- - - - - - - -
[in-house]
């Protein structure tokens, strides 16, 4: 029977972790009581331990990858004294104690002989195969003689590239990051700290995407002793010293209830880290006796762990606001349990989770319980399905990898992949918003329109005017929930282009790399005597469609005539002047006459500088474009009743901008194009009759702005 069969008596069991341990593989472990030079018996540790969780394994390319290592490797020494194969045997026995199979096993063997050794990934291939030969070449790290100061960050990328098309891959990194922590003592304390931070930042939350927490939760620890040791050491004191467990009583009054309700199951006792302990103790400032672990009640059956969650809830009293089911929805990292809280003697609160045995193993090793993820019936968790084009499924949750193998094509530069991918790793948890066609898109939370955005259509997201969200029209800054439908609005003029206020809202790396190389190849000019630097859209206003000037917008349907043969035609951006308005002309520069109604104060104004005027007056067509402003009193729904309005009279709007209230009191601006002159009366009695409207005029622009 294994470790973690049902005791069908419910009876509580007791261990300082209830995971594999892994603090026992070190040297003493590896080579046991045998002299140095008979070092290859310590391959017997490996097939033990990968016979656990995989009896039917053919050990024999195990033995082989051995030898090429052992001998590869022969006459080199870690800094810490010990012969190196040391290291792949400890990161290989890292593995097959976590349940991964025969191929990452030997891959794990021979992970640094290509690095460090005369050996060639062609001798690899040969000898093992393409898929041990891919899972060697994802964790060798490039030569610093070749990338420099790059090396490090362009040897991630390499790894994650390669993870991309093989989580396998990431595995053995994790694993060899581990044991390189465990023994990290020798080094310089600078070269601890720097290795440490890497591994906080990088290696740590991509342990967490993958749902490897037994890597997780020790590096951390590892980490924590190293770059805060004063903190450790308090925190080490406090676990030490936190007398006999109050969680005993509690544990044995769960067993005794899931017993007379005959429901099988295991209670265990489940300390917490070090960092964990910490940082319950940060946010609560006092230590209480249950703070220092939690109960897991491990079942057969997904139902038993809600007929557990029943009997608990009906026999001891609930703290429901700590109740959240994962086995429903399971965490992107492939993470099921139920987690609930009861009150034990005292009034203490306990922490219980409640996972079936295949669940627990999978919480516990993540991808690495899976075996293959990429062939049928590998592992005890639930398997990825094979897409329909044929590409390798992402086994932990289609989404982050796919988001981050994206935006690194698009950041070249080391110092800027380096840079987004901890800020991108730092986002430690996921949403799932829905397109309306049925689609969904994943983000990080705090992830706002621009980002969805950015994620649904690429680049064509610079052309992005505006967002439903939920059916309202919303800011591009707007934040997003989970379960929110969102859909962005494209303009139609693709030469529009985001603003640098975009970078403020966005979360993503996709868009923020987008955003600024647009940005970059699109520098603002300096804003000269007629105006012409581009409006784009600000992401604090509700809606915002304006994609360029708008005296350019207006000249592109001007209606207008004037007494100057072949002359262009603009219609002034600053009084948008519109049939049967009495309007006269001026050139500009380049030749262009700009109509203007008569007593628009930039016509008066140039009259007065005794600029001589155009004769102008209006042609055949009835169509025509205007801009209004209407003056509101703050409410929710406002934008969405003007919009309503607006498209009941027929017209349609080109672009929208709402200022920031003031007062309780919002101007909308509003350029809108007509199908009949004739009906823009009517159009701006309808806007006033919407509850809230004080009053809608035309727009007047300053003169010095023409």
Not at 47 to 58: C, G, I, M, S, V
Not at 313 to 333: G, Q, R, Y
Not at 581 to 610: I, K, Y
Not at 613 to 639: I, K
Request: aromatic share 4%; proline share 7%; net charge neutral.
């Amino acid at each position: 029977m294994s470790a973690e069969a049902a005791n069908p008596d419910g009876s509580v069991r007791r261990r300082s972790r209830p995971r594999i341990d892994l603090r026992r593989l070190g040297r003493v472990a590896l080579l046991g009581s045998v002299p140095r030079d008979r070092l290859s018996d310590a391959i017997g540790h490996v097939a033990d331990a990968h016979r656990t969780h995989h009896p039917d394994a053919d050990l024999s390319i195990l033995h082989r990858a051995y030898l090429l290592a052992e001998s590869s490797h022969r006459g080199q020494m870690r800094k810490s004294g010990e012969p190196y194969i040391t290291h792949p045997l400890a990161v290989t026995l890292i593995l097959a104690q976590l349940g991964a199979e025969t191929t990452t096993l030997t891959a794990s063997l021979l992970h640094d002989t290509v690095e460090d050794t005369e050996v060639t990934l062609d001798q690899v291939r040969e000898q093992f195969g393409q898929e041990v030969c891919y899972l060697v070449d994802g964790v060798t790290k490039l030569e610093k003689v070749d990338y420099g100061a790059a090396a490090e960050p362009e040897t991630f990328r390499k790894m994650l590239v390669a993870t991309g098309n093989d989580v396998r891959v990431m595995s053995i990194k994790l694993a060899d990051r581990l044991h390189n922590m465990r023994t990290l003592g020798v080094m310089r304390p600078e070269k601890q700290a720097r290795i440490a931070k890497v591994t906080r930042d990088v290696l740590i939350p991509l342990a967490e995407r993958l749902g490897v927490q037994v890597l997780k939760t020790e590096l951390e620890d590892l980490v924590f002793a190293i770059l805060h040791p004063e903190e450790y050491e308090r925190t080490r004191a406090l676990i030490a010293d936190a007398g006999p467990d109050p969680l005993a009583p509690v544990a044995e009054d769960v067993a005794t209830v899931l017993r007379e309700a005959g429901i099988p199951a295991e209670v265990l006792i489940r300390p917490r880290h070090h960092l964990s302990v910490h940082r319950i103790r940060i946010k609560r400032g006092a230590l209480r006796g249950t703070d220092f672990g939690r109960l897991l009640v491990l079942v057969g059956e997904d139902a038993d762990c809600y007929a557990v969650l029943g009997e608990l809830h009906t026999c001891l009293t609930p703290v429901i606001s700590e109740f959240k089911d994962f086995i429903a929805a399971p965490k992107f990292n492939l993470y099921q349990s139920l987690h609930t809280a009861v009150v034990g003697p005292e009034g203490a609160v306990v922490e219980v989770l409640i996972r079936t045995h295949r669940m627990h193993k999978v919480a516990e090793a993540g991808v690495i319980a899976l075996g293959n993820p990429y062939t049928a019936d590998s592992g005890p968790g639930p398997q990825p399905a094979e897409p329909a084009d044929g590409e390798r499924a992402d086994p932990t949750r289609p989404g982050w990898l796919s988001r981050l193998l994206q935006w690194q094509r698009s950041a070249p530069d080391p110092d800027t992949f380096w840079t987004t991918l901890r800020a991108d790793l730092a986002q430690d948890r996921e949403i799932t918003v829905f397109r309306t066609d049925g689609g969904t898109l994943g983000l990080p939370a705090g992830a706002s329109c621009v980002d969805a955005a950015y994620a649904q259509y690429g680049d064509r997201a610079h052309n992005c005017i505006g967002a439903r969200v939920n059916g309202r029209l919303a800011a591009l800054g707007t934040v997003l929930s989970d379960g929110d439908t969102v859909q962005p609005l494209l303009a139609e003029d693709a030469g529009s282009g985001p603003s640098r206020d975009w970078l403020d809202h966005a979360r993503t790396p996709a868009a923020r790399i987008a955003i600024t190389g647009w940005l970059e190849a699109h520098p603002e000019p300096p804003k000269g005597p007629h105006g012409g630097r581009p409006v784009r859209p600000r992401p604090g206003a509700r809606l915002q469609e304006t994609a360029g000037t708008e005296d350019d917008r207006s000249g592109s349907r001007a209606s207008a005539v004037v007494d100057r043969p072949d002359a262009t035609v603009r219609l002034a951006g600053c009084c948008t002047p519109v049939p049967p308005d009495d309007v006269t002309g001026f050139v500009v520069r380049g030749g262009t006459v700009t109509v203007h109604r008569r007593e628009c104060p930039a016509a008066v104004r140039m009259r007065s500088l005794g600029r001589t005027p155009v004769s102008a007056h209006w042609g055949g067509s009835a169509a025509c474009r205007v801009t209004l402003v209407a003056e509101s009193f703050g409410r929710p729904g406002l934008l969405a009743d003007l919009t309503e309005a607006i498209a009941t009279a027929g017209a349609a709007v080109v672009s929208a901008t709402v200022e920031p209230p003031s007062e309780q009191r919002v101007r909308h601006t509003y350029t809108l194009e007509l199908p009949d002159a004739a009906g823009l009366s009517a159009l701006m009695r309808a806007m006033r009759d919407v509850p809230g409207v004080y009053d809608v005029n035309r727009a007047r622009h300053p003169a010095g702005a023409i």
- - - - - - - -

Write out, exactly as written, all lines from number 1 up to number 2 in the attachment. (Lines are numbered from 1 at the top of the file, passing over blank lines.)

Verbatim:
[in-house]
């Protein structure tokens, strides 16, 4: 029977972790009581331990990858004294104690002989195969003689590239990051700290995407002793010293209830880290006796762990606001349990989770319980399905990898992949918003329109005017929930282009790399005597469609005539002047006459500088474009009743901008194009009759702005 069969008596069991341990593989472990030079018996540790969780394994390319290592490797020494194969045997026995199979096993063997050794990934291939030969070449790290100061960050990328098309891959990194922590003592304390931070930042939350927490939760620890040791050491004191467990009583009054309700199951006792302990103790400032672990009640059956969650809830009293089911929805990292809280003697609160045995193993090793993820019936968790084009499924949750193998094509530069991918790793948890066609898109939370955005259509997201969200029209800054439908609005003029206020809202790396190389190849000019630097859209206003000037917008349907043969035609951006308005002309520069109604104060104004005027007056067509402003009193729904309005009279709007209230009191601006002159009366009695409207005029622009 294994470790973690049902005791069908419910009876509580007791261990300082209830995971594999892994603090026992070190040297003493590896080579046991045998002299140095008979070092290859310590391959017997490996097939033990990968016979656990995989009896039917053919050990024999195990033995082989051995030898090429052992001998590869022969006459080199870690800094810490010990012969190196040391290291792949400890990161290989890292593995097959976590349940991964025969191929990452030997891959794990021979992970640094290509690095460090005369050996060639062609001798690899040969000898093992393409898929041990891919899972060697994802964790060798490039030569610093070749990338420099790059090396490090362009040897991630390499790894994650390669993870991309093989989580396998990431595995053995994790694993060899581990044991390189465990023994990290020798080094310089600078070269601890720097290795440490890497591994906080990088290696740590991509342990967490993958749902490897037994890597997780020790590096951390590892980490924590190293770059805060004063903190450790308090925190080490406090676990030490936190007398006999109050969680005993509690544990044995769960067993005794899931017993007379005959429901099988295991209670265990489940300390917490070090960092964990910490940082319950940060946010609560006092230590209480249950703070220092939690109960897991491990079942057969997904139902038993809600007929557990029943009997608990009906026999001891609930703290429901700590109740959240994962086995429903399971965490992107492939993470099921139920987690609930009861009150034990005292009034203490306990922490219980409640996972079936295949669940627990999978919480516990993540991808690495899976075996293959990429062939049928590998592992005890639930398997990825094979897409329909044929590409390798992402086994932990289609989404982050796919988001981050994206935006690194698009950041070249080391110092800027380096840079987004901890800020991108730092986002430690996921949403799932829905397109309306049925689609969904994943983000990080705090992830706002621009980002969805950015994620649904690429680049064509610079052309992005505006967002439903939920059916309202919303800011591009707007934040997003989970379960929110969102859909962005494209303009139609693709030469529009985001603003640098975009970078403020966005979360993503996709868009923020987008955003600024647009940005970059699109520098603002300096804003000269007629105006012409581009409006784009600000992401604090509700809606915002304006994609360029708008005296350019207006000249592109001007209606207008004037007494100057072949002359262009603009219609002034600053009084948008519109049939049967009495309007006269001026050139500009380049030749262009700009109509203007008569007593628009930039016509008066140039009259007065005794600029001589155009004769102008209006042609055949009835169509025509205007801009209004209407003056509101703050409410929710406002934008969405003007919009309503607006498209009941027929017209349609080109672009929208709402200022920031003031007062309780919002101007909308509003350029809108007509199908009949004739009906823009009517159009701006309808806007006033919407509850809230004080009053809608035309727009007047300053003169010095023409």